I still hear from people in the Weinberger piece. Except for the subjects, basically. When someone gets screwed like that, I really care. I looked that family in the eye, and they were ravaged and humiliated. It could have easily been fixed, but [Burroughs] put them in Northampton so everyone knew who they were.
Friday Night Lights Rhetorical Analysis Essays
That, to me, was malicious. They were pariahs, ashamed to go out, and that affected me emotionally.
This was after the book had come out and people wanted to make a movie. I know who said it. He was an assistant coach. I know he said it. I thought he liked me. I thought he cared about me. Imagine seeing that in print; imagine if you were called a nigger.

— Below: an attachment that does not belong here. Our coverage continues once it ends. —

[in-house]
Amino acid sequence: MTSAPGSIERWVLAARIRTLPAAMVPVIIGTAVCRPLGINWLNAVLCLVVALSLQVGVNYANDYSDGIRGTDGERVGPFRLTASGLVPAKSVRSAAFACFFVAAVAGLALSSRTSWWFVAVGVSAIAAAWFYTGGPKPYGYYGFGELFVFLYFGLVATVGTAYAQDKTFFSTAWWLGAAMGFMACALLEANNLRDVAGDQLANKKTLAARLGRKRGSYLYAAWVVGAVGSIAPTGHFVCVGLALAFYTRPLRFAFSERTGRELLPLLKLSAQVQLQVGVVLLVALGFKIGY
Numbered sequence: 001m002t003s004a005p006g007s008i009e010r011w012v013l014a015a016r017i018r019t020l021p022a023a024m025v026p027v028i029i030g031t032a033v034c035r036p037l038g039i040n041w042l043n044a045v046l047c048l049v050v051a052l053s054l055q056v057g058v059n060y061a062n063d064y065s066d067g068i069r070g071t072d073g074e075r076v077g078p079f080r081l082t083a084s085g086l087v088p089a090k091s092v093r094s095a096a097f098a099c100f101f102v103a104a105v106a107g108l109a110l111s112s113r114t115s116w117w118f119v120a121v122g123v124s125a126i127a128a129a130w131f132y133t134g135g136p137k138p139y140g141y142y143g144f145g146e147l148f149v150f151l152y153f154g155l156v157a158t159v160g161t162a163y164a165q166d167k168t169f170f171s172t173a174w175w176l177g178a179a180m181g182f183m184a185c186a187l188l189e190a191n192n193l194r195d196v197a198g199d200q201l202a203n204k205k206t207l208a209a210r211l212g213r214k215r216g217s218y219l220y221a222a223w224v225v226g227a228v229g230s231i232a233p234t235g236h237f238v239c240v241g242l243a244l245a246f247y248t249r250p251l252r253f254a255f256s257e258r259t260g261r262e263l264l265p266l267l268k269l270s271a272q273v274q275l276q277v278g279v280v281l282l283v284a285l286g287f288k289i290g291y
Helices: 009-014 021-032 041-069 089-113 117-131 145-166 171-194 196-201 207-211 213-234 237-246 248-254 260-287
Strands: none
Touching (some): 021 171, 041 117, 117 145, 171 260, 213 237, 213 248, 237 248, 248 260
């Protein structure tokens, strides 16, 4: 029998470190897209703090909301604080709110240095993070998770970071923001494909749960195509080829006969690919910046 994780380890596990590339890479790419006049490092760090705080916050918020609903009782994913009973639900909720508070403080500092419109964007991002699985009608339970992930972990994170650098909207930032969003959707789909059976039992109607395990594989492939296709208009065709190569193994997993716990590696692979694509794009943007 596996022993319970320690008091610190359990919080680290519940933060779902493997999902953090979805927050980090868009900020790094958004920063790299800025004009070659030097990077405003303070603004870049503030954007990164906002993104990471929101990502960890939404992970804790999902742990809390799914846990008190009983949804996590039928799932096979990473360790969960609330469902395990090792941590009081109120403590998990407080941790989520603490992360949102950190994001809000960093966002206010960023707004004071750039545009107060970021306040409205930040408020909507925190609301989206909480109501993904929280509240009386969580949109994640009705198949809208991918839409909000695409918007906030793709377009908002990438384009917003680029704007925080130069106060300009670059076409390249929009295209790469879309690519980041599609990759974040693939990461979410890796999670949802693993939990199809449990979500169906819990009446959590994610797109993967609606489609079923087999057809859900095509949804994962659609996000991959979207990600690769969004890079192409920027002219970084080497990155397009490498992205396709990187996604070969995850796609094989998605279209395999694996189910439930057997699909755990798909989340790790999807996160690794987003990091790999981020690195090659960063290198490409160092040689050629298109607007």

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Issues of trust are hard. I think about that all the time; a story can damage people. Weinberger is in jail awaiting trial. Glass is a piece of shit. Burroughs is a piece of shit, as well. Is there a reason? These are unsavory people whom other people think are pretty good, and then something happens.
He was the only person who never ratted on Pete, went to prison for Pete, and Pete rewarded him in an interview by addressing him by the wrong first name. He never talked to the Feds, and Pete could have cared less, so I felt a tremendous outrage about that. Glass made a mockery of journalism, made a mockery of all of us, and was willing to do anything.
All he was doing was trying to save his ass; all he was doing was lying. And Weinberger—There was so much public record available about what he had done, and medical experts, and over malpractice suits, and the criminal case, and I spent a lot of time with his ex-wife, who had to file for bankruptcy, [and] he bankrupted his father, too. I like stories like that.